AutoZone Liberty Bowl
Cincinnati vs. Vanderbilt
Saturday, December 31 • 3:30 p.m.
Liberty Bowl Memorial Stadium • Memphis, Tenn.
Line: Vanderbilt -2
How Cincinnati got here
In Butch Jones's second year at Cincinnati, the Bearcats (9-3, 5-2) finished in a three-way tie atop the Big East standings, but landed at the Liberty Bowl because of tiebreakers that gave West Virginia the BCS bowl berth. Cincinnati lost to West Virginia, 24-21 on Nov. 12, but still could have claimed the conference crown by winning out. An inexplicable 20-3 loss to Rutgers followed the next week before the Bearcats rebounded to win their final two. The feeling of disappointment can only be consoled by the fact that last year, Cincinnati finished 4-8 and missed out on a bowl of any kind. The Liberty Bowl gives Jones's group a second chance to land the Big East a bit of much-needed credibility against a lower-tier SEC foe. The Bearcats lost by 22 to Tennessee (1-7 in the SEC) in their second game of the year. Cincinnati boasts the Big East offensive (Isaiah Pead) and defensive (Derek Wolfe) players of the year. Pead rushed for 1,100 yards and 14 touchdowns, becoming especially important when quarterback Zach Collaros went down with an injury late in the year. At defensive tackle, Wolfe keyed a defense that led the nation in sacks per game (3.6) and ranked sixth nationally against the run, giving up only 93.7 yards per game. Cincinnati is making its 13th bowl appearance.
How Vanderbilt got here
It's only taken James Franklin one year to change the culture surrounding Vanderbilt football. Coming off two consecutive 2-10 campaigns, Franklin has the Commodores, sitting at 6-6, on the verge of only their third winning season in the last 30 years (1982 and 2008). His antics have included visiting every sorority and fraternity house on campus multiple times to drum up interest in the program. He recently called into a Memphis radio station to get the hosts talking about Vanderbilt football instead of Memphis University. He cried in front of his team in the locker room before Vanderbilt played a game. Realistically, the 'Dores should have already clinched a winning record. A missed chip shot field goal kept Vanderbilt from forcing overtime against Arkansas. Losses to Florida and Georgia came by a combined 10 points. Then there was the OT loss to Tennessee. Vanderbilt is led by quarterback Jordan Rodgers (Aaron's kid brother), who has shown flashes of brilliance and consistent mobility in the pocket since taking over the starting job midway through the Alabama game on Oct. 8. Vanderbilt is playing in just its fifth bowl game in the program's 121 year history.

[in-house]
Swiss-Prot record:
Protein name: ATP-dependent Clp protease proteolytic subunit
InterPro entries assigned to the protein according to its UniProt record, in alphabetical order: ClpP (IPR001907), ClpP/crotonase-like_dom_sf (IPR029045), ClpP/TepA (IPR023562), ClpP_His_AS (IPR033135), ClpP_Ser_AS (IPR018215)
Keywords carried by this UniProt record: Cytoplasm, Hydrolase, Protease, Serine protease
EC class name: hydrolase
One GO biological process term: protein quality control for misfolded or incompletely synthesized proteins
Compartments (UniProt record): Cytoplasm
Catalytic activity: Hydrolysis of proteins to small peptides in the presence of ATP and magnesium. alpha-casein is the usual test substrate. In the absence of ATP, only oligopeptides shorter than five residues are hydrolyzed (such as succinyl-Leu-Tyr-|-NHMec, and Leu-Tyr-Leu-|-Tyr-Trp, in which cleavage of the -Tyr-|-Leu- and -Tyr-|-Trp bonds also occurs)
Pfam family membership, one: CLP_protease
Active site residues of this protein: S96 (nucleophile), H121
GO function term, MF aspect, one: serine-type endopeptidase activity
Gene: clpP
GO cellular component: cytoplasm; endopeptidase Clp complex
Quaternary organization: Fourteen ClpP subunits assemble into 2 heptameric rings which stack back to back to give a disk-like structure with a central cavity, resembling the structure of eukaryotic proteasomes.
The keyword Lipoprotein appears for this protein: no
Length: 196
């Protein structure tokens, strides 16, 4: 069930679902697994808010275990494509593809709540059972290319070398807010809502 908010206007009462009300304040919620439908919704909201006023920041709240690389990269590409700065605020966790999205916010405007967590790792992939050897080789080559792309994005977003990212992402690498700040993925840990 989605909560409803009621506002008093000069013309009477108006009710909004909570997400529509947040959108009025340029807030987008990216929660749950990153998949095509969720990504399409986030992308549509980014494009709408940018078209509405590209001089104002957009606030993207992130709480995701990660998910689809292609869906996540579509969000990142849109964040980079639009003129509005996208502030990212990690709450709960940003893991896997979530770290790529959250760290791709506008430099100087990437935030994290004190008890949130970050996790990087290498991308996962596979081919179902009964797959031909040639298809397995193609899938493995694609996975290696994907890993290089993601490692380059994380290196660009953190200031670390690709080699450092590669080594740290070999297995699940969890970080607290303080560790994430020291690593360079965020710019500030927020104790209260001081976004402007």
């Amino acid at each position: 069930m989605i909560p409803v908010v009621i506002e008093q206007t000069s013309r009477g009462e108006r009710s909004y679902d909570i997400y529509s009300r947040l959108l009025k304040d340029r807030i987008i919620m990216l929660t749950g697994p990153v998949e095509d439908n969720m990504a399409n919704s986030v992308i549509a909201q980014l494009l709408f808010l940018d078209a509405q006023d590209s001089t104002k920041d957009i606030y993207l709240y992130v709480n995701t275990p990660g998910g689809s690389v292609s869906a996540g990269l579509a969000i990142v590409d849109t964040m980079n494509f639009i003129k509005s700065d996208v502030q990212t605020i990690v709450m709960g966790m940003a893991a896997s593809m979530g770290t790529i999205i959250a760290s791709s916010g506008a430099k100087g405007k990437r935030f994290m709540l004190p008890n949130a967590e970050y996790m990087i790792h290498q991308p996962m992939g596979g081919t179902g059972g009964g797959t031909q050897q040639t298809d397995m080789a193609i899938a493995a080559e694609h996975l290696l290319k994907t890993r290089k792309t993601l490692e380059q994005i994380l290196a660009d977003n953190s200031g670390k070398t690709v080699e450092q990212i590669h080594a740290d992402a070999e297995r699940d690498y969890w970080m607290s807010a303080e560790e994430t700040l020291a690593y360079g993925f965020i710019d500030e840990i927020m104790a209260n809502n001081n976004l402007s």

Cincinnati: George Clooney (Made his first on-air appearance at age 7, on his father's morning television show), William Taft (27th president of the United States. Once got stuck in a bath tub), Sandy Koufax (One of the greatest lefties to ever toss a baseball).
Vanderbilt: Al Gore (Decided to go green after an unsuccessful run at the presidency), Ann S. Moore (Became Time, Inc.'s first female CEO in 2002), Bill Boner (Former mayor of Nashville, was once lauded publicly by his fiancé for his 7-hour performance, and was this reporter's high school government teacher).
Advantage: Cincinnati. Taft may have not been the greatest president ever, but he has to have a better political reputation than the Vandy grads.
Bearcat vs. Commodore: The word bearcat first appeared in print in 1889, as a synonym for a giant panda. To this day, there is still no definitive example as to what a Bearcat actually is. A Commodore is a naval rank between captain and rear admiral. In Vanderbilt's case, it was just a nickname given to Cornelius Vanderbilt, after whom the university is named.
Advantage: Bearcat. Both mascots are somewhat misleading, but at least a Bearcat sounds like it would be ferocious.
What's in a name?
Based out of Memphis, AutoZone opened its first store in 1979 and has since grown into the nation's leading auto parts company. In 2007, the company's 4,000th store was launched.
Vanderbilt 20, Cincinnati 17: Once again, the SEC's bottom feeders will prove to be better than the Big East's elite. James Frankin has the Commodores on the rise, while Cincinnati is disheartened after missing out on the payday of a BCS bowl.